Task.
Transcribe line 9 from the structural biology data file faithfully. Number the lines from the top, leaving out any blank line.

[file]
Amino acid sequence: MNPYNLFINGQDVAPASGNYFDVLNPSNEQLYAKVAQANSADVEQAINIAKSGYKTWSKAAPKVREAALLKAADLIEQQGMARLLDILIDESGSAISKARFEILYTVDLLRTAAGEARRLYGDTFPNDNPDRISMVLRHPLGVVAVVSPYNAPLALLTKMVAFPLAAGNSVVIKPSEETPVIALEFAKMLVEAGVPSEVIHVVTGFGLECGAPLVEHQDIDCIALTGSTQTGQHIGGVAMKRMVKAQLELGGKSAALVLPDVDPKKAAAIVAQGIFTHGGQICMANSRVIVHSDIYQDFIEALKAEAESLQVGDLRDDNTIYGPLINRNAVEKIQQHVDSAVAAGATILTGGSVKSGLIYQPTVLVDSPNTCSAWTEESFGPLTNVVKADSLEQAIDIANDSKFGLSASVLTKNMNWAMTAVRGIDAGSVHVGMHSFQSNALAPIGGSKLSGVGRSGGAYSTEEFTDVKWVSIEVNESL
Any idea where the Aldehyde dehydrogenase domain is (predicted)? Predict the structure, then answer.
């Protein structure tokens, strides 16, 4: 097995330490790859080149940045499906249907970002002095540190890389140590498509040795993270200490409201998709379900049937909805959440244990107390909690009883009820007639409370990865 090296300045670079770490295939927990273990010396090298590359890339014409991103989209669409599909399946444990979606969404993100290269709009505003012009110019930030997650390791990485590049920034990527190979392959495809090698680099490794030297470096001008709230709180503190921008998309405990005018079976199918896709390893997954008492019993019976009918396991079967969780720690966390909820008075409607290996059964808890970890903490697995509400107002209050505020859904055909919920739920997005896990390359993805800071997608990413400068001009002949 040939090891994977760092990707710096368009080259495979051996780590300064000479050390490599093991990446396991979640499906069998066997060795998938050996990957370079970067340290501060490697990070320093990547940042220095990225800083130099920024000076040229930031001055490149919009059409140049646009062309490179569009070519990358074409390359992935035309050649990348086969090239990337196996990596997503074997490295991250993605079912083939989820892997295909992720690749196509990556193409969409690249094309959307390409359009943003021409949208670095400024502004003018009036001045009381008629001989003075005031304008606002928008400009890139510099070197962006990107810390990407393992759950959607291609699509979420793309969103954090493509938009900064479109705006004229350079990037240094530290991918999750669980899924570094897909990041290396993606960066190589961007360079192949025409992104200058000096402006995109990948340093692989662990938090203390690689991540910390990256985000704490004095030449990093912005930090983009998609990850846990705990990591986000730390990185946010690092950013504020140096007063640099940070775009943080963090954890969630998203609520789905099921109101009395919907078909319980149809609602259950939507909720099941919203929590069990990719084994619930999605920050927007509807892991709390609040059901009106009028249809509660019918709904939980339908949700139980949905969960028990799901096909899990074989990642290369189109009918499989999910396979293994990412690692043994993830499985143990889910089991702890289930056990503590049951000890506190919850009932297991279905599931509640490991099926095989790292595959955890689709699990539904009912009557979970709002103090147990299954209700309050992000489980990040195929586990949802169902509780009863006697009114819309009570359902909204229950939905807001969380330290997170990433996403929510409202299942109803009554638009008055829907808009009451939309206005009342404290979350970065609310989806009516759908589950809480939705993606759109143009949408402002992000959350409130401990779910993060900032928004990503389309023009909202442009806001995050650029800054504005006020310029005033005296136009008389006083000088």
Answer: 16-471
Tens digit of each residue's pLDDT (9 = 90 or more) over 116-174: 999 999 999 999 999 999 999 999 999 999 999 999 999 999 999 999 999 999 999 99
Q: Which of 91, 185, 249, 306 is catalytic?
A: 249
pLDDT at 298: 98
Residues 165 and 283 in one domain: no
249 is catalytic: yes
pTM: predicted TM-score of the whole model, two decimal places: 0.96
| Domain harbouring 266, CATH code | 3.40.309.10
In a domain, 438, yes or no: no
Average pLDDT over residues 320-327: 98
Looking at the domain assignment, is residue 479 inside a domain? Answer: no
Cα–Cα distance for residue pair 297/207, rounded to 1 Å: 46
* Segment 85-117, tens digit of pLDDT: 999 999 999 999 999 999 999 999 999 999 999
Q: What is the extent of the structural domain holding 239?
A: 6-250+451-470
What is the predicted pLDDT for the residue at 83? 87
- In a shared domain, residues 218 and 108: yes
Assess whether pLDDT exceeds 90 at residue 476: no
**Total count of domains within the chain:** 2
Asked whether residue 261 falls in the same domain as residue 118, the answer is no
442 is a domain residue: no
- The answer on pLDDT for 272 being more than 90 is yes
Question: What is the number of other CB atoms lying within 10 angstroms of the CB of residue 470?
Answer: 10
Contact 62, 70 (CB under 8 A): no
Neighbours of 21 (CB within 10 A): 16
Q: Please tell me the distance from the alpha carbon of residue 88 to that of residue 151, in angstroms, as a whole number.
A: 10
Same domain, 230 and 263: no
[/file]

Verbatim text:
Residues 165 and 283 in one domain: no